rate is called its coding efficiency, equivalently; its inverse is termed the compression ratio: Coding efficiency = (compression ratio)-1 = encoded bit rate/decoded bit rate.

Figure 1. A General video compression Scheme IV. Basic Video Transmission Scheme Applications of digital video range from low quality videophones and teleconferencing to high resolution television. The most effective compression algorithms remove the time redundancy with motion compensation. Local image displacements are measured from one frame to the next, and are coded as motion vectors. Each frame is predicted from the previous one by compensating for the motion. An error image is calculated and compressed with a transform code. The MPEG standards are based on this motion compensation. For teleconferencing, color images have only 360 by 288 pixels. A maximum of 30 images per second are transmitted, but more often 10 or 15. If the images do not include too much motion, a decent quality video is obtained at 128kb/s, which can be transmitted in real time through a digital telephone line. The High Definition Television (HDTV) format has color images of 1280 by 720 pixels, and 60 images per second. The resulting bit rate is on the order of lo3 Mb/s. To transmit the HDTV[11] through channels used by current television technology, the challenge is to reduce the bit rate to 20 Mb/s, without any loss of quality.

III. Basic Video Compression Scheme Video or visual communications require significant amounts of information transmission. Video compression, as considered here, involves the bit rate reduction of digital video signal carrying visual information. Traditional videobased compression, like other information compression techniques, focuses on eliminating the redundant elements of the signal. The degree to which the encoder reduces the bit


Figure 2. Basic Transmission Scheme

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V. A Simple Scheme for Soc Implementation

into The FPGA

include memory elements, which may be simple flip-flops or more complete blocks of memories. FPGAs require three major types of elements [2]: - Combinational logic - Interconnect - I/O pins Figure 4 shows the basic architecture of FPGA that incorporates these three elements. VII.A Design Architecture of the Compressor /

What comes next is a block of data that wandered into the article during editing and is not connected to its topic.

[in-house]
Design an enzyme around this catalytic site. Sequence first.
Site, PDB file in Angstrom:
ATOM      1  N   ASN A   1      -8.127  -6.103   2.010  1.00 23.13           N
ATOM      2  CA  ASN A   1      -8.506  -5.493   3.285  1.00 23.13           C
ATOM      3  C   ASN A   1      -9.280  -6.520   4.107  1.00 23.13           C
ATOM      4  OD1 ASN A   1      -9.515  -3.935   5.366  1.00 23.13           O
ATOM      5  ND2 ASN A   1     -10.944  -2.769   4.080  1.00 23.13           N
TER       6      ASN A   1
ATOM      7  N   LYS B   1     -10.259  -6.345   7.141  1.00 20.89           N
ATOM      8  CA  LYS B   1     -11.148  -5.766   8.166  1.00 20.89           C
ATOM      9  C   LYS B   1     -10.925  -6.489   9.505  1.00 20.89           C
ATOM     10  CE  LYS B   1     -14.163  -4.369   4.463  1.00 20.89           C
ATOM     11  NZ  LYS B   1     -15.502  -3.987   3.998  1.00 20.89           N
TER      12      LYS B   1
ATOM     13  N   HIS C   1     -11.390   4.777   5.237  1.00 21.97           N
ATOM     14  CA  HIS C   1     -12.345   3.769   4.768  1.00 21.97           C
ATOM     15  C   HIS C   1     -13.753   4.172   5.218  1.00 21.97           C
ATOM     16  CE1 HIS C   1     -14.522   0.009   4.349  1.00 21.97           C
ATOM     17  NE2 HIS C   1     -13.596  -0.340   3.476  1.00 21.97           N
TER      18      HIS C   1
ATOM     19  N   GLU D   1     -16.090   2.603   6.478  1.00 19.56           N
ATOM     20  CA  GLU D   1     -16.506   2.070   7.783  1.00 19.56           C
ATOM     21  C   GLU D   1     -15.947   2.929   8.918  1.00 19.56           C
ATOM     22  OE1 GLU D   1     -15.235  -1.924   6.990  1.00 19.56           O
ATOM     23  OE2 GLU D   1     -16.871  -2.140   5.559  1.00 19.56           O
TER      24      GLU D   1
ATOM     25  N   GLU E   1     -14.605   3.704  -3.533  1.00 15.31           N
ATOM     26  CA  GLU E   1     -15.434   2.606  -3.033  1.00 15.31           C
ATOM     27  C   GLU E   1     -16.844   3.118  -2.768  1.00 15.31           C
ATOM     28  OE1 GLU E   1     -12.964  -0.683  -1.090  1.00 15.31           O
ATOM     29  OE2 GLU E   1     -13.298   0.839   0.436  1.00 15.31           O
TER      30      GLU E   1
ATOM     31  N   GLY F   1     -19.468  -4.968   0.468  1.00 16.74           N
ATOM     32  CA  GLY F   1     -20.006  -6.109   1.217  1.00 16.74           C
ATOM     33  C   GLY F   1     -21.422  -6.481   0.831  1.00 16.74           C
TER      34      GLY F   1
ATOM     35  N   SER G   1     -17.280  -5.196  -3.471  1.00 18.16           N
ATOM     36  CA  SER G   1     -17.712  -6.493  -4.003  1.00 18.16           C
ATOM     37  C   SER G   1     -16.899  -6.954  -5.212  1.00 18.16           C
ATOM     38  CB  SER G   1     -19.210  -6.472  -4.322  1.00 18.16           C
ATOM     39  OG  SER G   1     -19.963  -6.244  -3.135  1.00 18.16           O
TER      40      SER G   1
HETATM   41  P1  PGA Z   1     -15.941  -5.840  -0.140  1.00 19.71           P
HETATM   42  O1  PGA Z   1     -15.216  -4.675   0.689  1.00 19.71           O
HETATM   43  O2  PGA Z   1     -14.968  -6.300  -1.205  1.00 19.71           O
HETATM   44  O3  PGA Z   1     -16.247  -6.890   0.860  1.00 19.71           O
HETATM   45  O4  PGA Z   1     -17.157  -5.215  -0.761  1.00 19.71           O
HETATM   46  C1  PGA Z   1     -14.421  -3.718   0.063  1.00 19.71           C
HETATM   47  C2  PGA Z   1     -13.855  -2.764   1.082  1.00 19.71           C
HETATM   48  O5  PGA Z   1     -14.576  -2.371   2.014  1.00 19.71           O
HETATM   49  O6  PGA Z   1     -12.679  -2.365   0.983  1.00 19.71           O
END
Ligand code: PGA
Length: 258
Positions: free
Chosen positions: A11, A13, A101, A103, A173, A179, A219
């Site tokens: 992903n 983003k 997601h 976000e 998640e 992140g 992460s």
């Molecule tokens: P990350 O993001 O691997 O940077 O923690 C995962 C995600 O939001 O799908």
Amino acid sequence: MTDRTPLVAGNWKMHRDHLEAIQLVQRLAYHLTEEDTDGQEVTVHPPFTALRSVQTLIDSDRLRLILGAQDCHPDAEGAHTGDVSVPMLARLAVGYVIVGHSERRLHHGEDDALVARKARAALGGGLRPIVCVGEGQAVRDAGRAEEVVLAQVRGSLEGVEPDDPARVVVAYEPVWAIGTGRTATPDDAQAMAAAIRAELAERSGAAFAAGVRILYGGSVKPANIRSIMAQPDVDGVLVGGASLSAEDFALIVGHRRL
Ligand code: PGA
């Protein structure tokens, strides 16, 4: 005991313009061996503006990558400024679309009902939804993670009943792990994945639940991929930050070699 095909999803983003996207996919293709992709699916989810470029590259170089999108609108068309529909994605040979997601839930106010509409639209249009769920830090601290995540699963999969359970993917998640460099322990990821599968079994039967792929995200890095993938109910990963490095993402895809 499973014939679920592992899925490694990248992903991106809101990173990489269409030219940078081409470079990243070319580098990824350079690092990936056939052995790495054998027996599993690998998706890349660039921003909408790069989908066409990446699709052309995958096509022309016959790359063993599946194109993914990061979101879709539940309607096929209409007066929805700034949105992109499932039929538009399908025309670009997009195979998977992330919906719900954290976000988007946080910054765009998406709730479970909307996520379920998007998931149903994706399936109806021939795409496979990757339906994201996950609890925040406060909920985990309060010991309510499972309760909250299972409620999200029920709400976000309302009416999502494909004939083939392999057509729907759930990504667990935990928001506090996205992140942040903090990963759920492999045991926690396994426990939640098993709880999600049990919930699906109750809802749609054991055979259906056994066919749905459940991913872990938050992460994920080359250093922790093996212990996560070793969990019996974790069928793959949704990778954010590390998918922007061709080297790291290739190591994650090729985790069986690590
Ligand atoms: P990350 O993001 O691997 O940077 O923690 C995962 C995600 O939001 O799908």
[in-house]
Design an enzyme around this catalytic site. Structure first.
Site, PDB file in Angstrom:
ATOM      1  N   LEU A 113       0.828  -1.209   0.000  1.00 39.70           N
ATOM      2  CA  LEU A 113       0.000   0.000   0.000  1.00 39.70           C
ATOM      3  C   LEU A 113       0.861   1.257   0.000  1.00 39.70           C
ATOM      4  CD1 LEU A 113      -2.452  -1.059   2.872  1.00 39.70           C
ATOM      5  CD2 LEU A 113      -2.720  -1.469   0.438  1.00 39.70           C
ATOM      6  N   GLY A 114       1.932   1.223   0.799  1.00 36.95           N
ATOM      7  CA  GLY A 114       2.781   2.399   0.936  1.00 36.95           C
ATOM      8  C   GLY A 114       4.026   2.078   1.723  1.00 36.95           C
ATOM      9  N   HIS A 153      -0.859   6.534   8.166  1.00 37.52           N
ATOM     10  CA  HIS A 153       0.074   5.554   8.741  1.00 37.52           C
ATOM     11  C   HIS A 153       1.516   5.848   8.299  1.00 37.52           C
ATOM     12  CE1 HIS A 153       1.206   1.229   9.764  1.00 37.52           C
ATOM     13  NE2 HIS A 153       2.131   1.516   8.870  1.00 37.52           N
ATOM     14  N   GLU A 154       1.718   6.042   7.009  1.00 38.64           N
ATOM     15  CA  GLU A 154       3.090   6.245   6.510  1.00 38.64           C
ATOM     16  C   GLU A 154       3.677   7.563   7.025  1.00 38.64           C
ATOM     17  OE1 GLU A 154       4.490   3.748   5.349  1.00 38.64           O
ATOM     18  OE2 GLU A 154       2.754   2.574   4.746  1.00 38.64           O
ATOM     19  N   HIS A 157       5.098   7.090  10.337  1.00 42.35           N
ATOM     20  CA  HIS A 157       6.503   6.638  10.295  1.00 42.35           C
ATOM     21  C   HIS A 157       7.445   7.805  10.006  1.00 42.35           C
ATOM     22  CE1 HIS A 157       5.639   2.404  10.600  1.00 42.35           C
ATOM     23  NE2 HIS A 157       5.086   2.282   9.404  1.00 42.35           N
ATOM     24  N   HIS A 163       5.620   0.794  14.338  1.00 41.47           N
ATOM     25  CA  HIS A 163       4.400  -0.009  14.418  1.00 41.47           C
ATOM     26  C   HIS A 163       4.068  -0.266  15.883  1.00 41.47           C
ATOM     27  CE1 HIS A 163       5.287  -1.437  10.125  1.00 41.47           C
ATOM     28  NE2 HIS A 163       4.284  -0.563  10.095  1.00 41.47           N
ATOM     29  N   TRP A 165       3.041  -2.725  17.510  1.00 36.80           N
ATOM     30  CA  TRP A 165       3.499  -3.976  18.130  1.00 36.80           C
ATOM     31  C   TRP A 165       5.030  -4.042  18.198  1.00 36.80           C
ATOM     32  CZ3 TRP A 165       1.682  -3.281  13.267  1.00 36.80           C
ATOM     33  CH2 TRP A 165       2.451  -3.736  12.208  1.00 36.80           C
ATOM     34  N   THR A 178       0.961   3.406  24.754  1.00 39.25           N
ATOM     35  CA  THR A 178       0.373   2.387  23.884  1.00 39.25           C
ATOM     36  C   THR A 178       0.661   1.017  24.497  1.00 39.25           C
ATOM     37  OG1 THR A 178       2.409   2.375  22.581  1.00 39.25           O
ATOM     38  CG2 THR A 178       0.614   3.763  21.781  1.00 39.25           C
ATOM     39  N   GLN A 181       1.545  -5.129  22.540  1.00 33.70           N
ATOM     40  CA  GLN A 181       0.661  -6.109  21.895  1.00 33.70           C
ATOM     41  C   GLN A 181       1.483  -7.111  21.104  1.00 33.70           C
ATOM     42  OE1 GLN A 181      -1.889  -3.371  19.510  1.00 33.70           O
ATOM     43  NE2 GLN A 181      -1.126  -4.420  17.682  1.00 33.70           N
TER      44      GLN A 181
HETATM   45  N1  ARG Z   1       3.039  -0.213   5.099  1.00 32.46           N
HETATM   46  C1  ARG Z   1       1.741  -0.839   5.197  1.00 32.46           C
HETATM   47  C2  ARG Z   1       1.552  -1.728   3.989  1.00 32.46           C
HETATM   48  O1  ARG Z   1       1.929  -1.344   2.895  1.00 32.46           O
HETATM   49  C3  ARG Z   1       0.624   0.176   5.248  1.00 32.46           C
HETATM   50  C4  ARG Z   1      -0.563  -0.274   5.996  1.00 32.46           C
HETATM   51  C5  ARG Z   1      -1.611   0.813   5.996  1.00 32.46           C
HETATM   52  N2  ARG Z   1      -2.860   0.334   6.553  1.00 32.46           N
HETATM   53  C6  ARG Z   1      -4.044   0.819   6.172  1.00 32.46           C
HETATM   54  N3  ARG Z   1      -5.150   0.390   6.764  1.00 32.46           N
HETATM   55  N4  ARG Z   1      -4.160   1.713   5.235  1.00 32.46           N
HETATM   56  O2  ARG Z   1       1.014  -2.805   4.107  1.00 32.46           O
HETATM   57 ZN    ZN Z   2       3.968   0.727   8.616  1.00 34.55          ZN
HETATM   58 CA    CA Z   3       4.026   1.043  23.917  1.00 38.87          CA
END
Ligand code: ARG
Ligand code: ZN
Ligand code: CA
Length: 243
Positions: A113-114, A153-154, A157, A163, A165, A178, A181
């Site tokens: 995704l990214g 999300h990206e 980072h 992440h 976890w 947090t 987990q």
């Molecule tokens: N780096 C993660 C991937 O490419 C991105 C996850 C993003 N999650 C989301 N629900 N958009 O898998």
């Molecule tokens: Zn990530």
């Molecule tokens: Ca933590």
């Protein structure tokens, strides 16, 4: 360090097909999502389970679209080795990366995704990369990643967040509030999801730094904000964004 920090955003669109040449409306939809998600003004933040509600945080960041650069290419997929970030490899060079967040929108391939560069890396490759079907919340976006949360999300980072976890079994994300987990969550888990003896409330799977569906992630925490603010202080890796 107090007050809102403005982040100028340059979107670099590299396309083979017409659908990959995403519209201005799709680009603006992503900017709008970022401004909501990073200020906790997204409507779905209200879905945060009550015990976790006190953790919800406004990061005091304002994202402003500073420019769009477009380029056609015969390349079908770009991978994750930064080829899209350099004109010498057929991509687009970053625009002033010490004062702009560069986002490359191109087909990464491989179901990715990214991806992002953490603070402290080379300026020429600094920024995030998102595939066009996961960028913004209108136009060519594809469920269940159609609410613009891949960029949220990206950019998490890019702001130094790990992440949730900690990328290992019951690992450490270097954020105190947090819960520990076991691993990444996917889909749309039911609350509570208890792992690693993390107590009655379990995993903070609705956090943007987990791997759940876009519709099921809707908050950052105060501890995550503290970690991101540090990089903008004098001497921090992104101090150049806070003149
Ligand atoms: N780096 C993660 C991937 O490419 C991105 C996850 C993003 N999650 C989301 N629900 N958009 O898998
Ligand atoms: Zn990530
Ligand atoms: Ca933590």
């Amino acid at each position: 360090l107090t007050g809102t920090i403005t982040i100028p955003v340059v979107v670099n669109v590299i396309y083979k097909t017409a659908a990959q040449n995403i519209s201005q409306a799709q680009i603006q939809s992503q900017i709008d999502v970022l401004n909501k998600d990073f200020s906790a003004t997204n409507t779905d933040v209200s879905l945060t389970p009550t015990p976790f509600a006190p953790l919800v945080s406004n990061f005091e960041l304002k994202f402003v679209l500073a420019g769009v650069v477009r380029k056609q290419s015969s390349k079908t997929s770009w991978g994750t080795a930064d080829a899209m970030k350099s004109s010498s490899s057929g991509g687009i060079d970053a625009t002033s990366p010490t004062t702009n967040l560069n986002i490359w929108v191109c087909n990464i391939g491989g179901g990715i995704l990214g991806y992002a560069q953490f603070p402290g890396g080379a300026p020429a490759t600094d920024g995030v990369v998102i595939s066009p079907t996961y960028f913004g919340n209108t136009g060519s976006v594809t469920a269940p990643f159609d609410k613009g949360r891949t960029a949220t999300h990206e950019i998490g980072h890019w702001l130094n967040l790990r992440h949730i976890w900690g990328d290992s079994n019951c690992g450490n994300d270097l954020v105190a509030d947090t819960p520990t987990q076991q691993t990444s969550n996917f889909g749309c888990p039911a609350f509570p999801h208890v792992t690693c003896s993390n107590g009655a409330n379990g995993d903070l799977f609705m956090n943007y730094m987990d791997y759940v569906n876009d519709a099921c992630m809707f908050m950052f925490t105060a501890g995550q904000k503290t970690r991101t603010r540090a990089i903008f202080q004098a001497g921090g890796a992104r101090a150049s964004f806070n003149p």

Decompress or

Figure 3. FPGA synthesis and implementation VI. The Basic Overview and Structure of FPGA Field Programmable Gate Array (FPGA is a semiconductor device containing programmable logic components and programmable interconnects [1]. The programmable logic components can be programmed to duplicate the functionality of basic logic gates (such as AND, OR, XOR, NOT) or more complex combinatorial functions such as decoders or simple math functions. In most FPGAs, these programmable logic components (or logic blocks) also

Figure 4. Basic Architecture of FPGA

The design is a dictionary style compressor based around a dictionary implemented in the form of a content addressable memory (CAM).The length of the CAM varies from 16 to 1024 tuples (4-byte location) trading complexity for the compression. Typically, the device complexity has been increased 1.5 times the dictionary doubles. It has also master control logic , target control logic and DMA controller . The architecture has 2 independent compression and decompression engines that can work simultaneously in fullduplex mode. Each of this engine has 2 32 –bit ports that are used to move data to and from the PCI interface logic. Each of these ports has own buffering scheme formed by dual port SRAM memory blocks plus control logic that enable a smooth flow of data during compression and decompression operations. A hand –shaking protocol formed by bus request, bus acknowledge and wait signals is used by each of these 4 ports to input or output data to the interface core. Compression and decompression commands are issued through a common 32-bit control data port .A 4-bit address is used to access the internal registers that store the commands, information related to compressed and uncompressed block sizes and CRC (Cyclic Redundancy check) codes to verify the compression operations. Each channel includes a CRC unit that accesses the compression engine or that leaves the decompression engine. A total of 10 registers form the registers bank. 5 registers are used to control the compression channel and the other 5 for the decompression channel. The first bit in the address line indicates if the read /write operation accesses compression or decompression registers. The device includes a test mode that simultaneously decompresses the block being compressed and reports any mismatches in the CRC codes using an interrupt. The architecture is based around a block of CAM to realize the dictionary. A CAM[14,17,18] is used to store data, much the same as a RAM. The write mode of CAM and RAM is similar to some degree, but the read mode differs significantly. With

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RAM we input an address, and get data out. With CAM we input data, and if this data is stored in the CAM, we get the address of that data out. There is an address at the output even if there is no match so with a CAM we need a Match bit to indicate if the CAM contains the input data. Fig shows a CAM has been applied for string matching in this work. The data to be matched is sent to the CAM as a Byte Strum. In parallel, it is compared to all strings (i.e. words) stored in the CAM. If a match is found, it is indicated by the Match bit. The Match Address reports the "address" of the string that matched in the CAM. Exact string matching is performed and thus, only one (or none) string will give a match. The string matcher has not yet been integrated with the Snort program, although this is the intention.

Figure 6. CAM based dictionary Architecture IX. Implementation and RTL Overview at ime

Byte Stream PC